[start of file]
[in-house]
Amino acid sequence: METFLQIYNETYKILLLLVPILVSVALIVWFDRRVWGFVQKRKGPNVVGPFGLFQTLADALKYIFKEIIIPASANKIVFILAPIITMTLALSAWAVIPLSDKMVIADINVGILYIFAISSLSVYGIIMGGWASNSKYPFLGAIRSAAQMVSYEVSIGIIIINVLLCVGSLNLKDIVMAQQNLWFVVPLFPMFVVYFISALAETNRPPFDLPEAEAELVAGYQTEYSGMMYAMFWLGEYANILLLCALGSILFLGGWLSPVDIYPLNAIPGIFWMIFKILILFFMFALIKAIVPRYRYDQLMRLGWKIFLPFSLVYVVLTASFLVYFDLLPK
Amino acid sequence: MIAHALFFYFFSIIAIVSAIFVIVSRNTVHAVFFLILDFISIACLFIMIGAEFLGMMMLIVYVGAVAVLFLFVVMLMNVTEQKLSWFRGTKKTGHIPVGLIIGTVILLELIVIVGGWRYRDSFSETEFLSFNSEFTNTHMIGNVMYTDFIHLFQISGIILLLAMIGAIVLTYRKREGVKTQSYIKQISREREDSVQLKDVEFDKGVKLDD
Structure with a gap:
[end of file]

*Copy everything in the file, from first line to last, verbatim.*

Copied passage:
[in-house]
Amino acid sequence: METFLQIYNETYKILLLLVPILVSVALIVWFDRRVWGFVQKRKGPNVVGPFGLFQTLADALKYIFKEIIIPASANKIVFILAPIITMTLALSAWAVIPLSDKMVIADINVGILYIFAISSLSVYGIIMGGWASNSKYPFLGAIRSAAQMVSYEVSIGIIIINVLLCVGSLNLKDIVMAQQNLWFVVPLFPMFVVYFISALAETNRPPFDLPEAEAELVAGYQTEYSGMMYAMFWLGEYANILLLCALGSILFLGGWLSPVDIYPLNAIPGIFWMIFKILILFFMFALIKAIVPRYRYDQLMRLGWKIFLPFSLVYVVLTASFLVYFDLLPK
Amino acid sequence: MIAHALFFYFFSIIAIVSAIFVIVSRNTVHAVFFLILDFISIACLFIMIGAEFLGMMMLIVYVGAVAVLFLFVVMLMNVTEQKLSWFRGTKKTGHIPVGLIIGTVILLELIVIVGGWRYRDSFSETEFLSFNSEFTNTHMIGNVMYTDFIHLFQISGIILLLAMIGAIVLTYRKREGVKTQSYIKQISREREDSVQLKDVEFDKGVKLDD
Structure with a gap: